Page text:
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Governor-General Julie Payette bumps elbows with Chief Justice Richard Wagner on Sept. 23 as she arrives to deliver the Throne Speech at the Senate chamber in Ottawa. Four months after this picture was taken, Ms. Payette resigned, Chief Justice Wagner took her post and Prime Minister Justin Trudeau, shown at back, began the search for a replacement.

Patrick Doyle/Reuters

Latest updates

  • Staff at Rideau Hall described “yelling, screaming, aggressive conduct, demeaning conduct and public humiliations” under Julie Payette’s tenure, according to the independent report that prompted her to quit as governor-general last week. A redacted version of Quintet Consulting Corp.’s report was released under access-to-information laws. Read the full document here.
  • As Parliament returned this week, the Conservatives and NDP took aim at Prime Minister Justin Trudeau over Ms. Payette’s appointment and the pension she’s due to receive after her resignation. The opposition demanded Mr. Trudeau be held accountable for allegedly failing to submit Ms. Payette to a thorough background check before she got the viceregal post in 2017.
  • Chief Justice Richard Wagner of the Supreme Court will fill Ms. Payette’s duties for now, as is customary when a governor-general resigns. That could put him in a difficult spot if a snap federal election is held this year: Dissolving Parliament is one of the governor-general’s constitutional jobs.

What’s Julie Payette accused of doing?

Ms. Payette delivers a Throne Speech.


This past July, CBC News first reported that several staffers had left Rideau Hall over what confidential sources called bullying by governor-general Julie Payette. The Privy Council Office launched an independent review, eventually hiring Ottawa-based Quintet Consulting Corp. to interview people involved.

On Jan. 21, multiple sources told The Globe and Mail that Quintet’s report had reached the Prime Minister’s Office, and its damaging findings would make it difficult for Ms. Payette to continue in her role. Hours later, Ms. Payette issued a resignation statement that began as follows:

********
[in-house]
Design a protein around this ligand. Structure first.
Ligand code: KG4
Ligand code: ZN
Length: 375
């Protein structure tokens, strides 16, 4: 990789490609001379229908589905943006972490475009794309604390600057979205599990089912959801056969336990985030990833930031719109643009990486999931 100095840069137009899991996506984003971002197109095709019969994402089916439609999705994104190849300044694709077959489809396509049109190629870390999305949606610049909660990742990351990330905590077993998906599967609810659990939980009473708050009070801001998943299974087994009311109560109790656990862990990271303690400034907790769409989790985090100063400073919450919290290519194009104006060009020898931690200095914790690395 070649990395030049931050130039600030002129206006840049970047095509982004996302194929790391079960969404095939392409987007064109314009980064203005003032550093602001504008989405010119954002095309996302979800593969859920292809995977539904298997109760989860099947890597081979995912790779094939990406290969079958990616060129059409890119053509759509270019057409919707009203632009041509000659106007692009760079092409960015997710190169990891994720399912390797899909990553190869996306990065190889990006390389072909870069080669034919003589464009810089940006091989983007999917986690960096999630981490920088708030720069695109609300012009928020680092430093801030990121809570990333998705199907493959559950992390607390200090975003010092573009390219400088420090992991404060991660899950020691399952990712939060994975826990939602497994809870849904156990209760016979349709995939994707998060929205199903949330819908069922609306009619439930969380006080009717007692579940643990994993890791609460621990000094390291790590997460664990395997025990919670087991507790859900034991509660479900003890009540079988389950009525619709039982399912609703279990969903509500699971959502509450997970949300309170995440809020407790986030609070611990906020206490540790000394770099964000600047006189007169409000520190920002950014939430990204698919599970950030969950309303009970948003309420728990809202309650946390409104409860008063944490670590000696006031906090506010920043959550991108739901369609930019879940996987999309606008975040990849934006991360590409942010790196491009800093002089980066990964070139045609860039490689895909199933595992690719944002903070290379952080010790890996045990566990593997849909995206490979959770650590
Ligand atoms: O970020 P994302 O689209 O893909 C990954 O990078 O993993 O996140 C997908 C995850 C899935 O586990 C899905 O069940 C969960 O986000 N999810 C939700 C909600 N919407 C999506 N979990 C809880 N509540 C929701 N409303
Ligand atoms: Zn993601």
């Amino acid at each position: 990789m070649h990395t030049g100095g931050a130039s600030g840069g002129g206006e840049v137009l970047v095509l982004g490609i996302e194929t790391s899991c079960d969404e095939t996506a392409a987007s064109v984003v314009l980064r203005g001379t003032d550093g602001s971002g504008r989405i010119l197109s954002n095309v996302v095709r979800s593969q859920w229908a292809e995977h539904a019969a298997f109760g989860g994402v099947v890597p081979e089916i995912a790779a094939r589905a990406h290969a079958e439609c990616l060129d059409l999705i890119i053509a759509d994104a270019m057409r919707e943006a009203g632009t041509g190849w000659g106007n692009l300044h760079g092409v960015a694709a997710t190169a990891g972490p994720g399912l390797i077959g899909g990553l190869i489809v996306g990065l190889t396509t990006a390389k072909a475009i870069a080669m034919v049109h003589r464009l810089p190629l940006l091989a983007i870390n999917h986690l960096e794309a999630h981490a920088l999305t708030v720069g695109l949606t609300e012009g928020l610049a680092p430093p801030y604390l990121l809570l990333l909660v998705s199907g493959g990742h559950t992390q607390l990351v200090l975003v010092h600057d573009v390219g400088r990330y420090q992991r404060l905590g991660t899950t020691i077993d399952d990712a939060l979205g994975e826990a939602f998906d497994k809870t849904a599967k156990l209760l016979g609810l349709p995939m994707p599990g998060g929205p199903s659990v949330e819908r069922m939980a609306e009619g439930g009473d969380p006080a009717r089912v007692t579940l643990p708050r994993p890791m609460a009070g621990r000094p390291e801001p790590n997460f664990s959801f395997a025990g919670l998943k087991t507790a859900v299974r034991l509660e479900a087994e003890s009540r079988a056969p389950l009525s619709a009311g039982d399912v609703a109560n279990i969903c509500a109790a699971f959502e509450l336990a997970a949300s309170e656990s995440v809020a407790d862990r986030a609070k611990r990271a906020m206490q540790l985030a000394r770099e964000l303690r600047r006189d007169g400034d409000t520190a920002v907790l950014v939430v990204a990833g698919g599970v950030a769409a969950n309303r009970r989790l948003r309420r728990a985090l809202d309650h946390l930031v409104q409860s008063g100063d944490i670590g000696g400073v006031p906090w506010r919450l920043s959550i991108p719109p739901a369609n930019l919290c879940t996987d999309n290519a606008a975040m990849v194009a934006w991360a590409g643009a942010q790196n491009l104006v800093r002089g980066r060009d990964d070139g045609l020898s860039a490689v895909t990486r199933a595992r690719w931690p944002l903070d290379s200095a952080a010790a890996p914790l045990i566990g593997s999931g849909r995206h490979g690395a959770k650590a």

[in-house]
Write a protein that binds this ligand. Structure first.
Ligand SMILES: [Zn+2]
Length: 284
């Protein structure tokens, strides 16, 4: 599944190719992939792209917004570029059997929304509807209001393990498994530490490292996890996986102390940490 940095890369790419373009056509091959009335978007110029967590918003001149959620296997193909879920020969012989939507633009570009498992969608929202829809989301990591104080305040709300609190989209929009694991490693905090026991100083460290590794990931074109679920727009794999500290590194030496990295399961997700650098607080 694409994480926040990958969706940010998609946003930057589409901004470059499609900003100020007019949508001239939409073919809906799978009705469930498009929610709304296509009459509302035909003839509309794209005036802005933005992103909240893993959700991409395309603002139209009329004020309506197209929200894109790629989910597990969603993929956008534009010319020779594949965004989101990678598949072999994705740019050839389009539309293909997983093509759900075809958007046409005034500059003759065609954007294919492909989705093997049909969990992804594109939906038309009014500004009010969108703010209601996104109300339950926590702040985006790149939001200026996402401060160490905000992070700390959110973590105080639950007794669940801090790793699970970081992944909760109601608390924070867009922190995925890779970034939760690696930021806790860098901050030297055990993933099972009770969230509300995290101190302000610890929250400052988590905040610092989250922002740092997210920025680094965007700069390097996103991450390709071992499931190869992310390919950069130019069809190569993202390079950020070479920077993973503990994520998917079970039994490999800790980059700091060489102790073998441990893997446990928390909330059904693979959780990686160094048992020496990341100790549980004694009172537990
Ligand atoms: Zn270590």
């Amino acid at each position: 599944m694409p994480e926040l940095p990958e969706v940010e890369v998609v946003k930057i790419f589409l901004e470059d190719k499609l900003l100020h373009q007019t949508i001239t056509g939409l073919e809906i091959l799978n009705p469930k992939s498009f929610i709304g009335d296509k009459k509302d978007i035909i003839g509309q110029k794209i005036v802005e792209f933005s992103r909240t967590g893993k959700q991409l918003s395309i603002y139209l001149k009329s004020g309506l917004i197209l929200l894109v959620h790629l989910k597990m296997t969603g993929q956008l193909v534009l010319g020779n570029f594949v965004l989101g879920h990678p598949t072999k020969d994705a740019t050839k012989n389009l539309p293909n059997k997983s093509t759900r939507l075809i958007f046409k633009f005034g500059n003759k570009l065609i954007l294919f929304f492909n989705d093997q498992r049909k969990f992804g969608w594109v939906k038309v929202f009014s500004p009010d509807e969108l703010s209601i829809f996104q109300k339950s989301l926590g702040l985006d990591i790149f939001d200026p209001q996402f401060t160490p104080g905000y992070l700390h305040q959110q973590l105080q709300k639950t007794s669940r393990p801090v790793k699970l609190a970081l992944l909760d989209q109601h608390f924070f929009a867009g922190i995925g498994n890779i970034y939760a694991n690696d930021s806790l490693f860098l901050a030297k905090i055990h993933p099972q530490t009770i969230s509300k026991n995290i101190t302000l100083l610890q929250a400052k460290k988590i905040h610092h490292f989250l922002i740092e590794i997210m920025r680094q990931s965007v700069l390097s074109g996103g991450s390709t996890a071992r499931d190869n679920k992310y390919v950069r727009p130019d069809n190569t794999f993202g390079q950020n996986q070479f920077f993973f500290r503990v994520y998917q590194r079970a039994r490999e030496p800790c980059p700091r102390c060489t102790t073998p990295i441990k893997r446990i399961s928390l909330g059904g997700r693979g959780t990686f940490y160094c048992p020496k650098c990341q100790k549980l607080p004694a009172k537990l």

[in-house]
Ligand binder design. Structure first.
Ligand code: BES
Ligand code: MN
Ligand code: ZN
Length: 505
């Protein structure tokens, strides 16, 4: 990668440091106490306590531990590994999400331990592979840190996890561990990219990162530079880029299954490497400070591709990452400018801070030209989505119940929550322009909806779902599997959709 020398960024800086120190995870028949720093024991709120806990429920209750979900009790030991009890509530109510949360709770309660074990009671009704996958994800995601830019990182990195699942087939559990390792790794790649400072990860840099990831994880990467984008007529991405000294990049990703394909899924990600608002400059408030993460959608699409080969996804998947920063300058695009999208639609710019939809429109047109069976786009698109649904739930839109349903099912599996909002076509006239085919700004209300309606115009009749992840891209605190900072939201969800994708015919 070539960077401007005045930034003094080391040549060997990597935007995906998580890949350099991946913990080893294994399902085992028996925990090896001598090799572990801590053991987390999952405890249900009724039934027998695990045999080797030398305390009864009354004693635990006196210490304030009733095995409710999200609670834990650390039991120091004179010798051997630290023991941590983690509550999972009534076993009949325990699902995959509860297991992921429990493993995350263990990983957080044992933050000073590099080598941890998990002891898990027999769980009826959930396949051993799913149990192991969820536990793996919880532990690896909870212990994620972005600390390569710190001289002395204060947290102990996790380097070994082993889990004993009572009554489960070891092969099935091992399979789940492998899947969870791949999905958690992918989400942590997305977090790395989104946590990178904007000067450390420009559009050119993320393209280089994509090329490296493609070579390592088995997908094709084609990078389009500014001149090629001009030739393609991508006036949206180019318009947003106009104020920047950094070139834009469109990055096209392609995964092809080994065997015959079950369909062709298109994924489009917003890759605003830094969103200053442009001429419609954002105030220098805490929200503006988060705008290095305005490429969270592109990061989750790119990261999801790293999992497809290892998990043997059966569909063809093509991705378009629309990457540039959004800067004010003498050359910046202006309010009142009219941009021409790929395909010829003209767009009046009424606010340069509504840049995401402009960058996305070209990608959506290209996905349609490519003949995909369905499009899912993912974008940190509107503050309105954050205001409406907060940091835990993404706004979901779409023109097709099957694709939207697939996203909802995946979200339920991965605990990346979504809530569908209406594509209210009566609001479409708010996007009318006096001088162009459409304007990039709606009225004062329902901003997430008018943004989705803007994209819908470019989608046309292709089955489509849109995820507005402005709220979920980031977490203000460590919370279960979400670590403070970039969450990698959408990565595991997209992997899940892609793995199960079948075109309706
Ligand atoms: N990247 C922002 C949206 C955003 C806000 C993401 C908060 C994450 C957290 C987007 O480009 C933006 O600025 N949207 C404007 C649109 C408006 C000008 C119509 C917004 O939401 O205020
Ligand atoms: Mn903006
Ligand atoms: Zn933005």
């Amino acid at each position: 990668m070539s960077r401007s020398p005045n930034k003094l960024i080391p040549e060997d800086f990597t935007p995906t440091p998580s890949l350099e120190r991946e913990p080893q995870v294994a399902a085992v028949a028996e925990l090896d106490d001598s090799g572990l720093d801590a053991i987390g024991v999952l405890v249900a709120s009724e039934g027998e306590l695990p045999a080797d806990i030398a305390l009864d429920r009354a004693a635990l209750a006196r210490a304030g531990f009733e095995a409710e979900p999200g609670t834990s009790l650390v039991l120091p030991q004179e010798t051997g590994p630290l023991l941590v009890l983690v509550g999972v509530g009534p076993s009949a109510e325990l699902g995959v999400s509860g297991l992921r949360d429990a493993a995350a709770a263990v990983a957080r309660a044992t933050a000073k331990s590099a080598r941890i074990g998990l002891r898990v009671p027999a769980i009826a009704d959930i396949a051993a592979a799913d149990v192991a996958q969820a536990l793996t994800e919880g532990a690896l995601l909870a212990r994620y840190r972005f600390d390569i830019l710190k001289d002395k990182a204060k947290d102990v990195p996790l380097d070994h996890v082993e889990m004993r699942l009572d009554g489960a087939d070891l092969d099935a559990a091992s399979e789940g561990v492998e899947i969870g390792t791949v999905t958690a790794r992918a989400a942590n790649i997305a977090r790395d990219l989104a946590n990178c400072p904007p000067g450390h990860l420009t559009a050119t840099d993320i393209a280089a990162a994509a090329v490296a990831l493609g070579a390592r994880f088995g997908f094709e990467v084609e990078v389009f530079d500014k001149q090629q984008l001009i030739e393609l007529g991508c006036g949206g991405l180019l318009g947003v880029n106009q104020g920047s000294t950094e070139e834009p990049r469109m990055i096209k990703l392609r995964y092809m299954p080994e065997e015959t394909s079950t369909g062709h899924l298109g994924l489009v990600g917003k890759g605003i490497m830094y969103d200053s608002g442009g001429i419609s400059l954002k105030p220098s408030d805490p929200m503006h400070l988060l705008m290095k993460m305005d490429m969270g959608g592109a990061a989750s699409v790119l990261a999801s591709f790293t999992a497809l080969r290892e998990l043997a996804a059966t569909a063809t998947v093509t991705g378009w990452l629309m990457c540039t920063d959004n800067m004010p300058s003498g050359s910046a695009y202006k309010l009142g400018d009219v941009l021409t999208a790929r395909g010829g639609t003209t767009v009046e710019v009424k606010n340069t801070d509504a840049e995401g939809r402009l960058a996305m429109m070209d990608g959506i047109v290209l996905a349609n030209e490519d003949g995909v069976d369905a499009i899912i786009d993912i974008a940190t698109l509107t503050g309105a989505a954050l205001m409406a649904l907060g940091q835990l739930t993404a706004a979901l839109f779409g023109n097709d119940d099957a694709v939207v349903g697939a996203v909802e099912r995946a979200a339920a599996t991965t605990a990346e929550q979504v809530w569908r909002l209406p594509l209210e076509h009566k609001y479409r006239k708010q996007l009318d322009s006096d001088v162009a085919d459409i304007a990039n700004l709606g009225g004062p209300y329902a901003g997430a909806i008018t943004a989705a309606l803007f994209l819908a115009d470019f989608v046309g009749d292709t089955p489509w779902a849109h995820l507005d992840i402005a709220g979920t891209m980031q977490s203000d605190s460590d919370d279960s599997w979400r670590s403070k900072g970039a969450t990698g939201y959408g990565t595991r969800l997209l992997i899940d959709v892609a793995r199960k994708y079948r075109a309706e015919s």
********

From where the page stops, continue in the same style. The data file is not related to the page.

Everyone has a right to a healthy and safe work environment, at all times and under all circumstances. It appears this was not always the case at the Office of the Secretary to the Governor General. Tensions have arisen at Rideau Hall over the past few months and for that, I am sorry.

She stressed that no official grievances were filed during her time as governor-general, which would have “immediately triggered a detailed investigation as prescribed by law and the collective agreements in place.” Quintet’s report, released in redacted form on Jan. 27, confirmed this fact. But it also described a pattern of “toxic” behaviour at Rideau Hall, based on 92 interviews with current and former employees and other “knowledgeable individuals.” Key findings include:

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  • “Reports included allegations of yelling, screaming, aggressive conduct, demeaning conduct and public humiliations,” Quintet found in interviews conducted from Oct. 19 to Nov. 23.
  • Over all, 43 described the workplace as hostile or negative. Twenty-six described the Office of the Secretary to the Governor-General’s work environment as “poisoned” or “toxic,” and eight used the words “climate/reign of fear/terror.”
  • Seventeen participants said they had left Rideau Hall during Ms. Payette’s tenure because of this climate, and 13 said they had taken sick leave because of it.
  • Employees felt the human-resources practices at the OSGG were “inadequate” and the complaints process needed to be reviewed. “The fact that employees did not feel they had a place to go with their complaints made the work environment ‘really unhealthy’ to the point people felt they had to go to the media,” the report found.
  • Quintet concluded that “there is a serious problem” requiring immediate attention from the Privy Council Office, the agency in charge of the public service.

How was Payette vetted for the governor-general’s post?

Ms. Payette waves as she and other crew members on space shuttle Discovery head for the launching pad in May of 1999.

Todd Anderson/REUTERS

Ms. Payette, 57, was a famous name for the Trudeau government to bring to Rideau Hall. She’s a former Canadian Space Agency astronaut who served two missions aboard the International Space Station, and was the first Canadian to board the station in 1999. After leaving the CSA, she was chief operating officer of the Montreal Science Centre and a vice-president at the Crown corporation that runs it, the Canada Lands Company. She left the science centre abruptly in 2016, a year before Prime Minister Justin Trudeau tapped her to be the next governor-general, a post she assumed in October of 2017.

Much is still unknown about how the Prime Minister’s Office settled on Ms. Payette as the best choice in 2017, other than that they did not use the Harper-era committee for shortlisting candidates for viceregal posts (more on that later). Three sources with knowledge of the process told The Globe Ms. Payette’s ex-employers were not consulted as part of a background check, nor was Marc Garneau, a federal cabinet minister and former astronaut colleague of Ms. Payette’s.